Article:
> that. Just thought I'd mention this to add to the confusion... :-]>

On the systems I'm familiar with, (Linux, NetBSD, Ultrix, OSF/1,
Solaris) ftpd is run from inetd, not as a standalone daemon. Use netstat
(the quick answer is 'netstat -a' but you should read the netstat
manpage for details of what options are available and what the output
contains) to find out what network ports are being listened on, and
close off any that you don't specifically want open.

On the other hand, httpd (which was also mentioned as a concern in the
original post) usually runs as a standalone daemon and will normally
show up in a ps listing. Note that I say "usually". Again, netstat will
give you a more accurate picture.

Hope that helps...

--
----------------------------------------------------------------------

Systems Manager                                   Concordia University
Instructional & Information Technology        Montreal, Quebec, Canada
----------------------------------------------------------------------

 
 
 

Help needed to check for intruders

Post by Jean Richar » Mon, 12 Oct 1998 04:00:00



Quote:> If someone has become root on your machine, you can't, in general, tell what
> they've done.  Probably your only option is to reinstall from scratch.  See
> ftp://ftp.cert.org/pub/tech_tips/root_compromise

When it happened to me, I caught the guy in the act.  I just happened to
do a ps axu and a bunch of odd processes showed up.  I cold booted the
computer and then found a .bash_history in the / directory.  You might
want to look for something like that.

--
:-)
Fozzy

 
 
 

Help needed to check for intruders

Post by Alan J Rosenth » Tue, 13 Oct 1998 04:00:00




>> If someone has become root on your machine, you can't, in general, tell what
>> they've done.  Probably your only option is to reinstall from scratch.  See
>> ftp://ftp.cert.org/pub/tech_tips/root_compromise

>When it happened to me, I caught the guy in the act.

So you think.
(From your description, I think so too; but we don't KNOW.)

Quote:>I just happened to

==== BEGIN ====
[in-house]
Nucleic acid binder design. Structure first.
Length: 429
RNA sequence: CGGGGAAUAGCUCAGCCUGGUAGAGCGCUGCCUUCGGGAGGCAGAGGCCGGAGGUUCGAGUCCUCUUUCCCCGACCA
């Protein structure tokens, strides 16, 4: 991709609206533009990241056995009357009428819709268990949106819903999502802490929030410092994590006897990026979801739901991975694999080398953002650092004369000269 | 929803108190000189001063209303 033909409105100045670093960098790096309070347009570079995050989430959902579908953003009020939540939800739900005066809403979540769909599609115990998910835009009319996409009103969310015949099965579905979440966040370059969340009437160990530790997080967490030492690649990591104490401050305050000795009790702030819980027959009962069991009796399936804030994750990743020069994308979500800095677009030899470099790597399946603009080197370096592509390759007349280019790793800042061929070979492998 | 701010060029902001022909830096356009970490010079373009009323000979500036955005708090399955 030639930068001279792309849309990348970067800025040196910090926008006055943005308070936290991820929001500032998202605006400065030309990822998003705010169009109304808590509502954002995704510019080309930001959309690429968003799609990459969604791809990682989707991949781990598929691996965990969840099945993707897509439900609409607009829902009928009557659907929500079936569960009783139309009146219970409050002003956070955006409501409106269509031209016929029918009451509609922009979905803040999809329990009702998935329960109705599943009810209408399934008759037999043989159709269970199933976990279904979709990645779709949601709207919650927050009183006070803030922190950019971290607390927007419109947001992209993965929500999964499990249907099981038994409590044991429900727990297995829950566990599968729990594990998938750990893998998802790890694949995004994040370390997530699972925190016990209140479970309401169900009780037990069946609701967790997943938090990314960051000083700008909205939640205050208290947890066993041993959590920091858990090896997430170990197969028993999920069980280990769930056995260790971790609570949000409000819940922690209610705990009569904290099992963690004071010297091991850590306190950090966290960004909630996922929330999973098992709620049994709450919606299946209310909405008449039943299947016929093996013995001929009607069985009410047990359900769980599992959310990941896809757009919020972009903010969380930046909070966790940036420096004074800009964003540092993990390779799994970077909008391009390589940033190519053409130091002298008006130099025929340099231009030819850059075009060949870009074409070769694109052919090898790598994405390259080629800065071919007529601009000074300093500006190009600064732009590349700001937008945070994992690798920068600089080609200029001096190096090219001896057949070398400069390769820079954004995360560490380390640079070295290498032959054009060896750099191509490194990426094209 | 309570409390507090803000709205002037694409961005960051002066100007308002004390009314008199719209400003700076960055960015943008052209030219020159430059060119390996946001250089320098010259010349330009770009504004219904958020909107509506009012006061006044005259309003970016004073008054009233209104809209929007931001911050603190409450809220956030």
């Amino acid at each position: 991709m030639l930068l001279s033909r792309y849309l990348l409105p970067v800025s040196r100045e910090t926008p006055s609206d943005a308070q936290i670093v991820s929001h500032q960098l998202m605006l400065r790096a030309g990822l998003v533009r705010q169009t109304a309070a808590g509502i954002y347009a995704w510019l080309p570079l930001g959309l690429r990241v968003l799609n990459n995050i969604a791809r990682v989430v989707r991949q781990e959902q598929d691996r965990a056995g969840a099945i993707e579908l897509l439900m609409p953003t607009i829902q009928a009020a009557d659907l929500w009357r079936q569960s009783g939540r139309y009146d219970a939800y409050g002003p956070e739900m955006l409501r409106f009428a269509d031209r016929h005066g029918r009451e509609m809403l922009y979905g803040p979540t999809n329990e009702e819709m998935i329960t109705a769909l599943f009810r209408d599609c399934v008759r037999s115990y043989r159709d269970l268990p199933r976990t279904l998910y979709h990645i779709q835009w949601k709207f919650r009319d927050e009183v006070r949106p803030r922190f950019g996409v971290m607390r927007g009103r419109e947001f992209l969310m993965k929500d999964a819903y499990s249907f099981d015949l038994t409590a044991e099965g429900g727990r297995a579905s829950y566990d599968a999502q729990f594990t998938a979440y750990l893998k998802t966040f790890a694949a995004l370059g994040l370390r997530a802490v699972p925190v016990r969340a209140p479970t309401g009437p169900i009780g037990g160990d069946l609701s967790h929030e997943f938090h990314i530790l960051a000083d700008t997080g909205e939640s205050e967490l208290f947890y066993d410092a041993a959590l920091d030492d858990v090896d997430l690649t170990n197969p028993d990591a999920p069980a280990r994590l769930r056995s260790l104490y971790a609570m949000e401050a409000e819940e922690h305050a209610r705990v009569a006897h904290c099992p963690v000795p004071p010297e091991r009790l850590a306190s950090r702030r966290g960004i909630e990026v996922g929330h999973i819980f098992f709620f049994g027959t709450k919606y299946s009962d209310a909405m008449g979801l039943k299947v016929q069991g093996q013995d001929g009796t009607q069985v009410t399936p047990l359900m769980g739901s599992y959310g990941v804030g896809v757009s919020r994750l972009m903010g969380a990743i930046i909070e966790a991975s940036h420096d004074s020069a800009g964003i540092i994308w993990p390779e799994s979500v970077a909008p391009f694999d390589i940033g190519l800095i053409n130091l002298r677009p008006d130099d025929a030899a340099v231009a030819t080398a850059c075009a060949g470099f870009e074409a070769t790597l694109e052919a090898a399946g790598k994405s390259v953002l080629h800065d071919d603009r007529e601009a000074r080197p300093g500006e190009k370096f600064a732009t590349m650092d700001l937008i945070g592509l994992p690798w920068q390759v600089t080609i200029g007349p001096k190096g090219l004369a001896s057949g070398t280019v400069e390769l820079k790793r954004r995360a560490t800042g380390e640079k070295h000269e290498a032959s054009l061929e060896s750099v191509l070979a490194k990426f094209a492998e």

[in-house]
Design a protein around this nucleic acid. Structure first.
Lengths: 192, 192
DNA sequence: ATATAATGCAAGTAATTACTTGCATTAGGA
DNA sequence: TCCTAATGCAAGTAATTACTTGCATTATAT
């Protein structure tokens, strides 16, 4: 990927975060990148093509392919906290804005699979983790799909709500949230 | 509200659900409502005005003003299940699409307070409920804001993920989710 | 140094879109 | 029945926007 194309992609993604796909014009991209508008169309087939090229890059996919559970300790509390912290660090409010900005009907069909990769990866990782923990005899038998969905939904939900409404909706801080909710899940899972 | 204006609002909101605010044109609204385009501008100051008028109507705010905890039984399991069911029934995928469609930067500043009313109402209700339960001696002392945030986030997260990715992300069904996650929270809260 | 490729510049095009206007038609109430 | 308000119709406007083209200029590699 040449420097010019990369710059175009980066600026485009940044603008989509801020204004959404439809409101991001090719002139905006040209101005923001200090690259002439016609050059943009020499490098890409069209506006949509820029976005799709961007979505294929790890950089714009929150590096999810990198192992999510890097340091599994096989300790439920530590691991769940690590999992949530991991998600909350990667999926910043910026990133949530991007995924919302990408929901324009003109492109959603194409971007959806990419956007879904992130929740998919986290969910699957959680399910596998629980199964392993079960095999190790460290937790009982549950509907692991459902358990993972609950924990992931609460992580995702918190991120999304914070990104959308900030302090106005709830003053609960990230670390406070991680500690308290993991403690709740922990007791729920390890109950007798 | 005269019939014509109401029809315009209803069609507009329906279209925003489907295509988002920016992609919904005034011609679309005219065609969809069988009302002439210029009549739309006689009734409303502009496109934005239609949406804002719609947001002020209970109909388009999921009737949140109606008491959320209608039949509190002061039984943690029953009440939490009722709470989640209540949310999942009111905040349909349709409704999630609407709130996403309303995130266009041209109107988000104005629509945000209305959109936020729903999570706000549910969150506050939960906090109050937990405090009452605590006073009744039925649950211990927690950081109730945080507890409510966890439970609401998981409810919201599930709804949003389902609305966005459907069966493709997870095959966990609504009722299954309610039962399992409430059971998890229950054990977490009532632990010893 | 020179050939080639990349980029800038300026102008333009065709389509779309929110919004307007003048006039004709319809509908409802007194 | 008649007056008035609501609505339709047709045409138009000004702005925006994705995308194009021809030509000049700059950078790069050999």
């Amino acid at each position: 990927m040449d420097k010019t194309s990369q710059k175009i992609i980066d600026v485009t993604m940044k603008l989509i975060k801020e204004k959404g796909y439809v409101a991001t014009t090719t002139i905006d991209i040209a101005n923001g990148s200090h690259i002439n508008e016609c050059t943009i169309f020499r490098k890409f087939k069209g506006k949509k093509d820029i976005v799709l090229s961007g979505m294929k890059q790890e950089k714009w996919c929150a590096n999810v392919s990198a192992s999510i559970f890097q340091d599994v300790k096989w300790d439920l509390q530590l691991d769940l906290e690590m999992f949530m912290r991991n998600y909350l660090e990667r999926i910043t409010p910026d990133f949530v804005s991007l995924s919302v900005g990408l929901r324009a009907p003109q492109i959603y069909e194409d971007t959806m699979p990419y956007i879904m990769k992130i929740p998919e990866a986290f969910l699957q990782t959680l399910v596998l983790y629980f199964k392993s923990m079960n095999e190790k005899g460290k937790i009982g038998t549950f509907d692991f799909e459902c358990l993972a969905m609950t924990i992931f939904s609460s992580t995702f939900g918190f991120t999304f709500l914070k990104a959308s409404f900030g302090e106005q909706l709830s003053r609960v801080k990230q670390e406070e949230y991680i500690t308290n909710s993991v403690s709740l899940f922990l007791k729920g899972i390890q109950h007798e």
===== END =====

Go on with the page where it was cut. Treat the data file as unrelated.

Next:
>do a ps axu and a bunch of odd processes showed up.  I cold booted the
>computer and then found a .bash_history in the / directory.

But your hypothesis that this represents the extent of your intruder's actions
is unsupported as far as you've stated.  They may have done all sorts of
things, and you've just seen a few of them.  Maybe.

Quote:>You might want to look for something like that.

Absolutely.  But you should take it with a grain of salt, and you should take
it as a lower bound of their activities, not as a complete list.
(And it could even be fabricated entirely.)

As far as possible, computer security should be based on guarantees rather
than guesswork.  Deciding that an intruder did or did not do a particular
thing or replace a particular program is rarely safe once they've obtained
root access.  The guarantee can only be based on reinstalling from scratch.
Win95 users have to reinstall the OS every few days; we only do after a
thorough penetration; it could be worse.

 
 
 

Help needed to check for intruders

Post by <Jouni... » Tue, 20 Oct 1998 04:00:00





> >I just happened to
> >do a ps axu and a bunch of odd processes showed up.  I cold booted the
> >computer and then found a .bash_history in the / directory.

> But your hypothesis that this represents the extent of your intruder's actions
> is unsupported as far as you've stated.  They may have done all sorts of
> things, and you've just seen a few of them.  Maybe.

> >You might want to look for something like that.

> Absolutely.  But you should take it with a grain of salt, and you should take
> it as a lower bound of their activities, not as a complete list.
> (And it could even be fabricated entirely.)

I also found an intruder last week in our RedHat 5.0.  The traces were
in /var/log/secure and /var/log/messages, which record connections to
telnet and also other services.  I also found .bash_history in /root
and also from /tmp, where the intruder had set up the home directory
for a new account 'bomb'.  I think the history-logs and the other logs